What did you see in practice of that debate in Cambridge between Steady State and Big Bang theories?
That was a debate between - I saw it as a debate between different ideologies more than different scientific models. There was a - essentially the epitomy of the Big Bang theory was the Judeo-Christian kind of model of creation was essentially rendered into a scientific mould in the Big Bang theory and I think that connection, although people didn't admit it, played a very important role in how the argument progressed; the flimsiest evidence against the rival theory was seized upon by the Big Bang theory that was really very popular in the whole of the astronomical community at the time for the reason that it was so consistent with the long held sort of theological belief that the universe had to have - had to start in that way. The initial evidence was really very flimsy against the rival Steady State theory. That evidence, however, got stronger in the mid 1960s with the discovery of what is called the Microwave Background - it was discovered quite by chance that the universe is filled with the background radiation at microwave wavelengths and this was interpreted, almost certainly correctly, as evidence of the relic radiation that came from some kind of big bang explosion, although I think it's still not clear that the universe has a singular, single Big Bang origin. So this was the kind of debate that was going on - Big Bang versus Steady State - and it was quite an exciting debate because, as I said, one side was propped up hugely by a cultural backdrop of more or less theological belief as well. It never surfaces even now, but the parallels are just astonishing: the conventional viewpoint is almost a carbon copy of the biblical version of creation.
Do you see Fred Hoyle's Steady State position as having its own ideological or cultural founding then? If the Big Bang group had this sort of sublimated match-up with Christian arguments, what were the sort of cultural arguments of the other-?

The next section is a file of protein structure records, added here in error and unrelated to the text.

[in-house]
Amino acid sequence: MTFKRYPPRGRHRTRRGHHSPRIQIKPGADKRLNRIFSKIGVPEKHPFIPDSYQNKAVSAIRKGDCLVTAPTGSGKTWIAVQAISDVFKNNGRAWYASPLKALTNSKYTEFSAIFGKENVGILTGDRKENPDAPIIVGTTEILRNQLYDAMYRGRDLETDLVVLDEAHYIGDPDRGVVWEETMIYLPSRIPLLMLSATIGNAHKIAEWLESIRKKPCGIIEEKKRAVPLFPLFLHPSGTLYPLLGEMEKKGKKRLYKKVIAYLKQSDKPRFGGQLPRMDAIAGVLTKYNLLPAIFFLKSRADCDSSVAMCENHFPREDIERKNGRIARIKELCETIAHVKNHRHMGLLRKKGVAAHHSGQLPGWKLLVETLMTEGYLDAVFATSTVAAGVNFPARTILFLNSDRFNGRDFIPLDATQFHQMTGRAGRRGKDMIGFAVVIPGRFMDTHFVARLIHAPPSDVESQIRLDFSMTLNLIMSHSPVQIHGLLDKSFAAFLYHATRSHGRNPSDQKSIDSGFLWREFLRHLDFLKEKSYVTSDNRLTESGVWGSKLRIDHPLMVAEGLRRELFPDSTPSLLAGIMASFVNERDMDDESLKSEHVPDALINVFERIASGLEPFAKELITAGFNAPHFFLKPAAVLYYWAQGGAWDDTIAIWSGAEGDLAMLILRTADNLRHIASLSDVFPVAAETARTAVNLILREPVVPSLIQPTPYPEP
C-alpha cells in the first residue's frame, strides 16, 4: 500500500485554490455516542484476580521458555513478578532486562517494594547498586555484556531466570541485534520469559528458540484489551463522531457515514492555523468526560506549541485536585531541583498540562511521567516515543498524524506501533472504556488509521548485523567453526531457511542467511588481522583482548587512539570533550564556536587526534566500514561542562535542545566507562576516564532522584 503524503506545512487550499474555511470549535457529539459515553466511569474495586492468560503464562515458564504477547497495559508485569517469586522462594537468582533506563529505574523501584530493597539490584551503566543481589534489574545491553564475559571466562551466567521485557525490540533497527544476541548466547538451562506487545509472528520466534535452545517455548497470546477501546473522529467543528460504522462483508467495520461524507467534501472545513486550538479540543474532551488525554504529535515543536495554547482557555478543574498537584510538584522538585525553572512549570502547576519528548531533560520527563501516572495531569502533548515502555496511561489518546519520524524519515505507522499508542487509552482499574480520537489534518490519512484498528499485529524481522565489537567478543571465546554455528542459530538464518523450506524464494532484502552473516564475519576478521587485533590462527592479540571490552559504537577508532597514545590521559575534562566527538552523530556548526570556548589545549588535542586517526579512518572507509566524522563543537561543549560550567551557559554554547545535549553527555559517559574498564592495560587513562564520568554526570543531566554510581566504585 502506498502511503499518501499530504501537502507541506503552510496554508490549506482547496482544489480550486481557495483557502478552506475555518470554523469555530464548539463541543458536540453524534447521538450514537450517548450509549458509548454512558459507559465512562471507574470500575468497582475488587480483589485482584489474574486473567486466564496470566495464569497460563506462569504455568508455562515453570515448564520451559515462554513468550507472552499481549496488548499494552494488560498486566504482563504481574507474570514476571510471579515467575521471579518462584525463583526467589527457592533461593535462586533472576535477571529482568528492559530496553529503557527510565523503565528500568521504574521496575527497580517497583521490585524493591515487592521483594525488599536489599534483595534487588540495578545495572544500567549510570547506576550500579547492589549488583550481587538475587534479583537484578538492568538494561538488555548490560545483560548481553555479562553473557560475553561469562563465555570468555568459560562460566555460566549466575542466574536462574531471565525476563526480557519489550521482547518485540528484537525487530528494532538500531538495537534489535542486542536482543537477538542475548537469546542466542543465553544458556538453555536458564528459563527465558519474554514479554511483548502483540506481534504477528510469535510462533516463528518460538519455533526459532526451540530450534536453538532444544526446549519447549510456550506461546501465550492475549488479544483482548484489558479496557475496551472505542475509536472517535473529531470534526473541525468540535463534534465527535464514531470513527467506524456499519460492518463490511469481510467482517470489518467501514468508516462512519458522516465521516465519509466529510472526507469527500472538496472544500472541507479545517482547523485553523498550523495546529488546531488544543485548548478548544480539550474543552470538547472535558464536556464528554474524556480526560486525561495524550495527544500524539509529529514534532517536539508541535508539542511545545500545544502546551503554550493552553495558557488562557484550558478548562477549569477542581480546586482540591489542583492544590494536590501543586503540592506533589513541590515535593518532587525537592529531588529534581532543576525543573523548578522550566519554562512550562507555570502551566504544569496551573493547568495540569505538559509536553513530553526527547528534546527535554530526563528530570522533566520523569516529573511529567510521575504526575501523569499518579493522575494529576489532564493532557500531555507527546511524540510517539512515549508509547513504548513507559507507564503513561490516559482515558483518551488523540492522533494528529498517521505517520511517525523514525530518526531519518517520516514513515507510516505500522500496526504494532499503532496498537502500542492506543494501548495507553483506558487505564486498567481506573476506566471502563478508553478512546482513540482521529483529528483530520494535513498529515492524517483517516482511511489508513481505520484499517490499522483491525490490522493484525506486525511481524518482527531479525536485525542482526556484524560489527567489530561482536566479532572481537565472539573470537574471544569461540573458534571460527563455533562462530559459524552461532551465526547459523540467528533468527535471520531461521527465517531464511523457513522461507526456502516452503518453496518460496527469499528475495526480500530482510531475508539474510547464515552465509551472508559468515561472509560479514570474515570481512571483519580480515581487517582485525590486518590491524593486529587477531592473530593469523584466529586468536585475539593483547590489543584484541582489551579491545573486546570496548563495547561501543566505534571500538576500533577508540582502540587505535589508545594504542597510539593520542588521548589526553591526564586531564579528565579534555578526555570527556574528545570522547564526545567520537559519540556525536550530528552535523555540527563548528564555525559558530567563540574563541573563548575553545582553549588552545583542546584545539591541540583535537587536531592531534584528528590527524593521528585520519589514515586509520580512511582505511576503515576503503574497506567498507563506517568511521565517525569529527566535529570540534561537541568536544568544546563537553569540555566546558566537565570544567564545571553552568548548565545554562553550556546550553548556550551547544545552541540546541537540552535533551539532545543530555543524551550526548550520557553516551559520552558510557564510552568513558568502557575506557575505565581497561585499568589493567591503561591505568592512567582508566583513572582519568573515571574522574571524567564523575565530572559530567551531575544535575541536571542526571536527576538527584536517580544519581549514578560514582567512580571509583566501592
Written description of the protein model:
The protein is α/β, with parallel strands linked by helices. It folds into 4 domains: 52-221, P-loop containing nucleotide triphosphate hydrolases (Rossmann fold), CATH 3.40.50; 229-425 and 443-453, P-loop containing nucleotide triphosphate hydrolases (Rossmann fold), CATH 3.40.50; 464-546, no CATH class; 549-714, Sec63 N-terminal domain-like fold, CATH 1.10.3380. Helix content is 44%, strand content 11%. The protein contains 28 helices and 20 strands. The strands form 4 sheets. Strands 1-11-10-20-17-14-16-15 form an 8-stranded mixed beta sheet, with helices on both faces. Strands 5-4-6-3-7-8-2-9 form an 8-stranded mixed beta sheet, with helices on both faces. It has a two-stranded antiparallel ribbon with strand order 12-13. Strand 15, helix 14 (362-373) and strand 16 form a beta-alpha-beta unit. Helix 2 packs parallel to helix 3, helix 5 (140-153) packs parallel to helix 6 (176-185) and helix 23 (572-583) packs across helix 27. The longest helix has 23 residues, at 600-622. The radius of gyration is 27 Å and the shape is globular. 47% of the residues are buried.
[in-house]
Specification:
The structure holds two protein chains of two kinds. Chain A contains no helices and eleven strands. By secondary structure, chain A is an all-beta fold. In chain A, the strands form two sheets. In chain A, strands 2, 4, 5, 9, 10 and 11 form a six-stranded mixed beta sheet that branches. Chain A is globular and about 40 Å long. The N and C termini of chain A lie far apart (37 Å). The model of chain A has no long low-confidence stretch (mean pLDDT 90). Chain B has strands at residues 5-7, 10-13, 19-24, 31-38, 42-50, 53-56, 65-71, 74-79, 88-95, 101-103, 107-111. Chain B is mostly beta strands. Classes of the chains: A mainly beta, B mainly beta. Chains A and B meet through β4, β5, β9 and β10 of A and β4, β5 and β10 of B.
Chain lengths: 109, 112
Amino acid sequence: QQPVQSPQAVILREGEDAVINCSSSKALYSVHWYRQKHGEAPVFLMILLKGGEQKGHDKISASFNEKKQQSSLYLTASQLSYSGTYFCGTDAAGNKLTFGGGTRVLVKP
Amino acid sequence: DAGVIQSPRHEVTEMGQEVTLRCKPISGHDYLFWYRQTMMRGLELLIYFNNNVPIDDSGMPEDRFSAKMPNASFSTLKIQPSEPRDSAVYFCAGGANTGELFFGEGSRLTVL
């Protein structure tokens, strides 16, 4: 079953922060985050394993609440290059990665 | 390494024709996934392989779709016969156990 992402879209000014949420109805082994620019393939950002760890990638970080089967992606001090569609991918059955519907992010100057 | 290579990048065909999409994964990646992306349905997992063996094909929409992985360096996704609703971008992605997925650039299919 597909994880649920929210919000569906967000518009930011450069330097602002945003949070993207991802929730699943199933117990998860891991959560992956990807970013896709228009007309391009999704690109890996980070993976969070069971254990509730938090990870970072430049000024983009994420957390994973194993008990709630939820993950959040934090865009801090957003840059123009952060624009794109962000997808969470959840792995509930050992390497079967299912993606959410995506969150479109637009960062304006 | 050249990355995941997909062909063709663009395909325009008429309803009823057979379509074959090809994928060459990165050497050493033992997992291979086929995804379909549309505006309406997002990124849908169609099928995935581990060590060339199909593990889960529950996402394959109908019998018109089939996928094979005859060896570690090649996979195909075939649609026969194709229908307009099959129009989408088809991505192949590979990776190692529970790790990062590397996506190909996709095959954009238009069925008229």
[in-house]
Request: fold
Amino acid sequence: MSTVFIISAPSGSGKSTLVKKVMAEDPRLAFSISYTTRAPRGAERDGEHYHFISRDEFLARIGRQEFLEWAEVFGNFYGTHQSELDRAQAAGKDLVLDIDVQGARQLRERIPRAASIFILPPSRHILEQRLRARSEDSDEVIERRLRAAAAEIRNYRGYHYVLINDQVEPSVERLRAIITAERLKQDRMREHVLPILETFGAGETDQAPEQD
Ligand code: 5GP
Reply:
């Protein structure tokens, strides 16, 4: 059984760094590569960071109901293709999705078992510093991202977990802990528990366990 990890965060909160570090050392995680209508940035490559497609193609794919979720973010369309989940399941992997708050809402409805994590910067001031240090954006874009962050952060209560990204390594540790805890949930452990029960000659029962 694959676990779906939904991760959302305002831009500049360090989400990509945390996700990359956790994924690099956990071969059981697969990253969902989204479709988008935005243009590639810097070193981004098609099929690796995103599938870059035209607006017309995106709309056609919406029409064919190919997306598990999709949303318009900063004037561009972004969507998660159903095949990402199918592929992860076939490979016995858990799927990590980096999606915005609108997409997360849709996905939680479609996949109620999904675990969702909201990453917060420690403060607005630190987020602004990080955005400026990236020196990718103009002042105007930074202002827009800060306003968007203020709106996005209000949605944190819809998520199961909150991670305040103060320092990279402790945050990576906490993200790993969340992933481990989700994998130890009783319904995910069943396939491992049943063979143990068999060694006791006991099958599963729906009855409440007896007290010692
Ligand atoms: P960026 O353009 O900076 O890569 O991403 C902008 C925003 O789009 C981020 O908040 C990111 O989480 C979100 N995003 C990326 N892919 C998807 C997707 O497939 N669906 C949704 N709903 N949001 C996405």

Yes, I found a resonance with Hinduism and Buddhism and Eastern, Indian, Oriental philosophies because in those philosophies - in those eyes - in that kind of thinking - the universe could not have had a beginning; it was always there as it were. And there might have been oscillations, there might have been an oscillating universe and collapse and rebound and so on, so there were various possibilities but the philosophical problem that I faced and that Fred Hoyle faced was that if you have a universe that is supposedly starting at one given moment in time, you can ask the question, “What happened before?" And you're not supposed to ask that question; time is supposed to have not existed before and that's, I think, a cop-out. If you can frame a question semantically, in words, so precisely - what happened? - and you're not supposed to ask that question then I think there's something wrong in the system of thought that is involved there. So philosophically I found the strict Big Bang models unsatisfactory and I still continue to think that it's unsatisfactory.